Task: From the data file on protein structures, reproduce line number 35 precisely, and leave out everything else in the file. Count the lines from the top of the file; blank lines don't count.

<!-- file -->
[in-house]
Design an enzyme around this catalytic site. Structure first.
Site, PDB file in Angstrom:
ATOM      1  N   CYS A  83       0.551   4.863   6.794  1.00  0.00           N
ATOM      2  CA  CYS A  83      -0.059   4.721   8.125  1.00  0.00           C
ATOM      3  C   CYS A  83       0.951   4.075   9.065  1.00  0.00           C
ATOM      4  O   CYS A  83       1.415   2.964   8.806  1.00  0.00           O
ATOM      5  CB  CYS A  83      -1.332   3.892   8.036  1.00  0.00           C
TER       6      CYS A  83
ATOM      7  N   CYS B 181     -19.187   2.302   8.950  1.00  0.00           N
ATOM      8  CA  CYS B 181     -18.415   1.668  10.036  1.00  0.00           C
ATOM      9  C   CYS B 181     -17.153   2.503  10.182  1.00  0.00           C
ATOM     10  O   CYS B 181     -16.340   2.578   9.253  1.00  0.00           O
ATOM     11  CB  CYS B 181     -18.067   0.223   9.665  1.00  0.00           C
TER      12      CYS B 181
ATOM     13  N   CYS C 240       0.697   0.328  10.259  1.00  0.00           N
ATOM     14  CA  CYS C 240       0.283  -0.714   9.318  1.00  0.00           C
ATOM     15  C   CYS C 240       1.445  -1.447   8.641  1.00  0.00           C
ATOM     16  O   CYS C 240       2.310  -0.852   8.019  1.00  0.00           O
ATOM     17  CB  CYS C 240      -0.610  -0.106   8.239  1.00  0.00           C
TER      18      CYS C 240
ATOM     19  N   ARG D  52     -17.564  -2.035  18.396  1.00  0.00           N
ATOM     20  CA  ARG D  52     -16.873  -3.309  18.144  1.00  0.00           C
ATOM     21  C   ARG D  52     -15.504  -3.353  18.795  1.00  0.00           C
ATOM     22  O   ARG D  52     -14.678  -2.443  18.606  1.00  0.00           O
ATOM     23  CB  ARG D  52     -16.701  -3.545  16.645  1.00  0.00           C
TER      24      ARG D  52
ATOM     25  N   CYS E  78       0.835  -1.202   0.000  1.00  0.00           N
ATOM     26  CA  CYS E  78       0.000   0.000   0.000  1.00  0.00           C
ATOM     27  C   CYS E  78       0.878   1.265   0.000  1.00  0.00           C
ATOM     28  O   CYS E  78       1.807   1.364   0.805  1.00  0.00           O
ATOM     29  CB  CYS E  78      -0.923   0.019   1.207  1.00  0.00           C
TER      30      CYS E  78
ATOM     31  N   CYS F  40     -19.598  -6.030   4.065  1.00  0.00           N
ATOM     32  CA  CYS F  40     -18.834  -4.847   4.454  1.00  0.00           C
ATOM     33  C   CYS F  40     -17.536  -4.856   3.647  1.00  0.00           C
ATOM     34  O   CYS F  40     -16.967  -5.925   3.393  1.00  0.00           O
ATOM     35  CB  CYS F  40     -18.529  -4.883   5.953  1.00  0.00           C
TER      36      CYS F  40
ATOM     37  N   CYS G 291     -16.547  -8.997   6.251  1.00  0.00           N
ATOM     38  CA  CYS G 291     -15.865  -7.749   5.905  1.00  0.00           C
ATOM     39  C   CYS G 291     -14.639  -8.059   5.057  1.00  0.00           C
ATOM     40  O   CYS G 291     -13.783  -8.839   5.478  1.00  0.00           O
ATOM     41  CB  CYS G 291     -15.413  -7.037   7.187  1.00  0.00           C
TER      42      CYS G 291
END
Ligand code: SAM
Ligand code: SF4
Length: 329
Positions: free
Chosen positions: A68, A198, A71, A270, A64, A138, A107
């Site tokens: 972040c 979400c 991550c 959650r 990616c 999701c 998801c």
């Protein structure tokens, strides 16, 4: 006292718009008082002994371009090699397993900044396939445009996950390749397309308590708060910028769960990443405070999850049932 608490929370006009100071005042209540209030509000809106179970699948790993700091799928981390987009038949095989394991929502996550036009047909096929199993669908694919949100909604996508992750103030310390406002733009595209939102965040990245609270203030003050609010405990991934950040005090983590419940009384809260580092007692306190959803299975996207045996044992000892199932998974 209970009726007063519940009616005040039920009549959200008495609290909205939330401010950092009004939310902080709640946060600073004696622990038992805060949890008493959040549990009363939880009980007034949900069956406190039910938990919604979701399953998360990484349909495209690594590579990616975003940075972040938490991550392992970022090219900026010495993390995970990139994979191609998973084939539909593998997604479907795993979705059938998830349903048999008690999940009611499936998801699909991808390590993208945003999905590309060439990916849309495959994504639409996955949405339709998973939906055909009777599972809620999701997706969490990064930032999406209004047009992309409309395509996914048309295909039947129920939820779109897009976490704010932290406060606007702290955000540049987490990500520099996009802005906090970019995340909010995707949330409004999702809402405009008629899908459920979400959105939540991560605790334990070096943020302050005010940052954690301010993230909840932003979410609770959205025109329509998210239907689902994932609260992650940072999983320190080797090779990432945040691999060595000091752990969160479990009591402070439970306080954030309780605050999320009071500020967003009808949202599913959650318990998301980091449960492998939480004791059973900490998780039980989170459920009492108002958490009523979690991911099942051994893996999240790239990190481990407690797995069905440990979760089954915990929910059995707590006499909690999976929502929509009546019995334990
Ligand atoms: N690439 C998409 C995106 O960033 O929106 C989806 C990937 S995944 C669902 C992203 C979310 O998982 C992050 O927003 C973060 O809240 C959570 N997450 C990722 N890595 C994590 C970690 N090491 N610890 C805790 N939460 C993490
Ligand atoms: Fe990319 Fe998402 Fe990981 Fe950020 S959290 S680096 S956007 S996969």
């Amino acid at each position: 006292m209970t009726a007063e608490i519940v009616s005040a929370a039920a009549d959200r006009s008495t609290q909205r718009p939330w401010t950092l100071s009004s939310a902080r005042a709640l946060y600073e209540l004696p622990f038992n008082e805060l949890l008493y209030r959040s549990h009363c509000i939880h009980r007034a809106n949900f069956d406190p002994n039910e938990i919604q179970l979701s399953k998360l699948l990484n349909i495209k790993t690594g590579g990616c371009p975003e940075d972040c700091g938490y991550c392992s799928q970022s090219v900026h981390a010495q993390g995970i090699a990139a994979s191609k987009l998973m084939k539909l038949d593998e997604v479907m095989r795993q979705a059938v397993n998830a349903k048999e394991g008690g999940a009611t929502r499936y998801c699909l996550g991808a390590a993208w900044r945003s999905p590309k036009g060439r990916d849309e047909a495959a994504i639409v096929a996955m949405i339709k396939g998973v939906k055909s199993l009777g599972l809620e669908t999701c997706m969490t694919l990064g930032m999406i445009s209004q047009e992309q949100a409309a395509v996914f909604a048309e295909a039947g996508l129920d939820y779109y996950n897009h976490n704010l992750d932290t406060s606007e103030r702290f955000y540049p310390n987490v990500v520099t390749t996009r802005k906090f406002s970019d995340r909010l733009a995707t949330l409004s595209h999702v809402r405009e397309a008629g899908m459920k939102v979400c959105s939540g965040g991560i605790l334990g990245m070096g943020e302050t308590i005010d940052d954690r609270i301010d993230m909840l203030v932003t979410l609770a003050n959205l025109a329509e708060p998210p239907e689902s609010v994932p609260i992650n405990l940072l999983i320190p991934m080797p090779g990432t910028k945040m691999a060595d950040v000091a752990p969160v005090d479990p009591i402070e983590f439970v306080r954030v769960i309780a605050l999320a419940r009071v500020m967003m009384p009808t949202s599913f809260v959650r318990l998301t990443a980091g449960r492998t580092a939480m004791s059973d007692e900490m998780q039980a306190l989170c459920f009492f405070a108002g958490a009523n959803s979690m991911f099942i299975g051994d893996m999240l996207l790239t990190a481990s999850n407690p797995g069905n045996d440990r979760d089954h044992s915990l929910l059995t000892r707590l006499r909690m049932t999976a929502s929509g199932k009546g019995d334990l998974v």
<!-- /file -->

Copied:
ATOM     32  CA  CYS F  40     -18.834  -4.847   4.454  1.00  0.00           C